Agribusiness Freedom Foundation  
Home arrow Sentinel e-Newsletter arrow October 2005 arrow Private Property Rights Battle Shifts to ESA Reform
Main Menu
About AFF
Latest Op/Ed Release
Sentinel e-Newsletter
Newsletter Signup
Staff Bios
Make A Contribution
Contact Us
Private Property Rights Battle Shifts to ESA Reform PDF Print E-mail
Written by Steve Dittmer   
Friday, 14 October 2005
AFF Sentinel Vol.2, #49

Recently, we have examined the U.S. Supreme Court's treatment of the Fifth Amendment, the one that supposedly protects landowners from the government taking private property, except for "public use" and with compensation.

But while the nation has focused its attention on the Supreme Court, some progress has been made on a law that has made the taking of private property for public use for no compensation legal for over 30 years. That is the Endangered Species Act (ESA).

When the primary vehicle for ESA reform, HR 3824, passed the House recently, passage was not what surprised House Resources Committee Chairman Richard Pombo (R-CA).

"...what surprised me most today was the strong ideological differences about whether or not homeowners should be compensated when their property is taken, as the Fifth Amendment of the Constitution requires," Pombo said.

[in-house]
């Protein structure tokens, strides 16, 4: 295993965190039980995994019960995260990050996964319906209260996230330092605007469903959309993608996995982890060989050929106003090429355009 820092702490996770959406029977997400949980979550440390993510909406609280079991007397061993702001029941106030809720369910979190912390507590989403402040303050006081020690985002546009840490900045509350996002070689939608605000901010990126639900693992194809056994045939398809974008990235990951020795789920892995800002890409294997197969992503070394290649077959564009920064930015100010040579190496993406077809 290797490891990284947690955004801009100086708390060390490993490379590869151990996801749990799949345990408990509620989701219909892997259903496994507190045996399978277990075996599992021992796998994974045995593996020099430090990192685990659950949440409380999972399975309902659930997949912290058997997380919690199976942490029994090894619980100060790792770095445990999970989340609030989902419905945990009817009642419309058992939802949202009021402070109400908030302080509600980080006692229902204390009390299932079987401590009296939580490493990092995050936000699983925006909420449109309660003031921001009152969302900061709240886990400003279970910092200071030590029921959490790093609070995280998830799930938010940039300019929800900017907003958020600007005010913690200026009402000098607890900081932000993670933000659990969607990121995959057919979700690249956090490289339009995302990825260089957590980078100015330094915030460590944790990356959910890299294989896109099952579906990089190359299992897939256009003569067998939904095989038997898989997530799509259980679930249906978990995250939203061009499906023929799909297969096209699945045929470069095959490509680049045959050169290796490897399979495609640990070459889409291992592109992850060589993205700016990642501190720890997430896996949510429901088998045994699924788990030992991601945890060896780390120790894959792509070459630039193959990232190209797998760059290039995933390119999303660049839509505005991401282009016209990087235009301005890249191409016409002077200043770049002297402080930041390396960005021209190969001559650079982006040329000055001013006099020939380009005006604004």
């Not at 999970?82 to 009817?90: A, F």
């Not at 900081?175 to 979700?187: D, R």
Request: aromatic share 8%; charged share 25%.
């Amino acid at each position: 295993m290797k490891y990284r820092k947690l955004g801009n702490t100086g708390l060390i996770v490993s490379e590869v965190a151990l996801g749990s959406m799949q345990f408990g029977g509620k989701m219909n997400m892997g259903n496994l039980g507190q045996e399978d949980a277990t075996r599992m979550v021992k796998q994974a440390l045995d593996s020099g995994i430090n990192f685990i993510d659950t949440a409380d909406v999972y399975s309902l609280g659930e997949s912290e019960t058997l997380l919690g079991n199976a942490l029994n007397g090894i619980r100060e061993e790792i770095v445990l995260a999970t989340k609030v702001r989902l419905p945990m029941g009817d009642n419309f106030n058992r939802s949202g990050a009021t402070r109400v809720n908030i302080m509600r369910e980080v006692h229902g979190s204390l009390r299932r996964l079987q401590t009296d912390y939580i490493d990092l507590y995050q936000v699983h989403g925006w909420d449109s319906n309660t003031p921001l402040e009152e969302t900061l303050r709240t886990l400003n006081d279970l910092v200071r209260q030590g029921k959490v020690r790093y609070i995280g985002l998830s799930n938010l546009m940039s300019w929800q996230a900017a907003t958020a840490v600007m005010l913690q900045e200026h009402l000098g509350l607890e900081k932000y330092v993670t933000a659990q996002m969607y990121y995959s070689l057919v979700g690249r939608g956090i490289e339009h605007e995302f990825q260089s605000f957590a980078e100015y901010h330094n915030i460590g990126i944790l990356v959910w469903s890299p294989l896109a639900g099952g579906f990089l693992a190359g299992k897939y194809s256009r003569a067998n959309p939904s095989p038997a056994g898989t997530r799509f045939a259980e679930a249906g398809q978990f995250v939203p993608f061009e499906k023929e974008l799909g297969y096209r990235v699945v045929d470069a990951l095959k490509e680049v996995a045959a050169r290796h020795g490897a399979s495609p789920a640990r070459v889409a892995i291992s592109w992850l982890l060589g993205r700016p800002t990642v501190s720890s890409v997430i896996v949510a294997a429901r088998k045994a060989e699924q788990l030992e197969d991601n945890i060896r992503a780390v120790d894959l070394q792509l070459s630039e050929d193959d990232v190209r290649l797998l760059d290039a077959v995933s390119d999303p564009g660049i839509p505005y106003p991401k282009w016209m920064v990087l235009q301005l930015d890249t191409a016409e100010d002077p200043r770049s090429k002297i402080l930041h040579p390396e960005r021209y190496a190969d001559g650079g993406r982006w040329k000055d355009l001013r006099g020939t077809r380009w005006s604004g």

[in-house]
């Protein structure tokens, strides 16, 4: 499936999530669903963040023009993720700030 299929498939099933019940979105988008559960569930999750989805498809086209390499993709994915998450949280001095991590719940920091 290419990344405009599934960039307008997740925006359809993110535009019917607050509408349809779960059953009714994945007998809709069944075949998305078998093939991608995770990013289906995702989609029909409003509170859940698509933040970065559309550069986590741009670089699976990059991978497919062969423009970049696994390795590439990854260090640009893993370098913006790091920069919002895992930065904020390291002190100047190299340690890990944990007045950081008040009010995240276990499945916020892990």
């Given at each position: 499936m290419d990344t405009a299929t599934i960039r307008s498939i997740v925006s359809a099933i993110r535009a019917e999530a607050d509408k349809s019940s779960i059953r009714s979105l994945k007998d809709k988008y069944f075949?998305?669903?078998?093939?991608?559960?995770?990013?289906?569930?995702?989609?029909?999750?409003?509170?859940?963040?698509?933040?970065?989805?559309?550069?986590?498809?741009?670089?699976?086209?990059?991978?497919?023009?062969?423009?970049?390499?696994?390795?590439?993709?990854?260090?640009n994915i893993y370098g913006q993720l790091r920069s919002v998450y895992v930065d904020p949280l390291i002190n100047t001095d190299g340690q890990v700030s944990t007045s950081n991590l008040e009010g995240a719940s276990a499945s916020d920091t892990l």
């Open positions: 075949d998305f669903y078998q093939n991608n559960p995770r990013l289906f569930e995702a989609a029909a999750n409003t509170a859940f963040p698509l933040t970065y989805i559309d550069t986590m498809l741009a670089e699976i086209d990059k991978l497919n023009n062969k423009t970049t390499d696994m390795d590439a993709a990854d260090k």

That ideological rift bodes difficulties ahead in the Senate, that legislative body most divorced from reality and taxpayers. Will the Senate really fail to see the injustice of landowners' property being taken without compensation for the sake of an insect or a slug or an owl? For 30 years, Congress has seen no reason to change the ESA. Property rights, jobs, destroyed communities and industries and millions of lost dollars have not moved them to action.

Finally the House has gotten off the dime, but the relevant Senate committee chairman appears to be in no hurry.

If asked, most cattlemen would reflexively answer that the ESA needs to be abolished - but reform would be the next best thing. Pombo is realistic enough to know reform is the only viable option. So what does Pombo's bill do?

  • It would require independent, peer reviewed science to reach decisions, instead of the pseudo- science often accepted by the agency now
  • Requires that a complete recovery plan for a species, with specific measure goals be agreed upon before a species can be put on the endangered list. Vast preemptive habitat designations to freeze property use with no real plans for species recovery would end.
  • Would provide for incentives to landowners to help protect and recover species. It would provide not only compensation for loss of use or value of the property, but also cooperative agreements between owner and government to implement recovery plans, with grants to cover costs to the owner.
  • Would involve state and local governments more in listing and recovery procedures rather than the federal, top-down decision making and cost and manpower shortages foisted on state and local governments now.
  • Streamline regulatory processes, reduce the flood of litigation and replace listing as a goal with recovery.
Of the 1,300 species listed, only 10 have recovered enough to be taken off the list. However, the majority of those ten were not really endangered or recovered, but undercounted in the first place.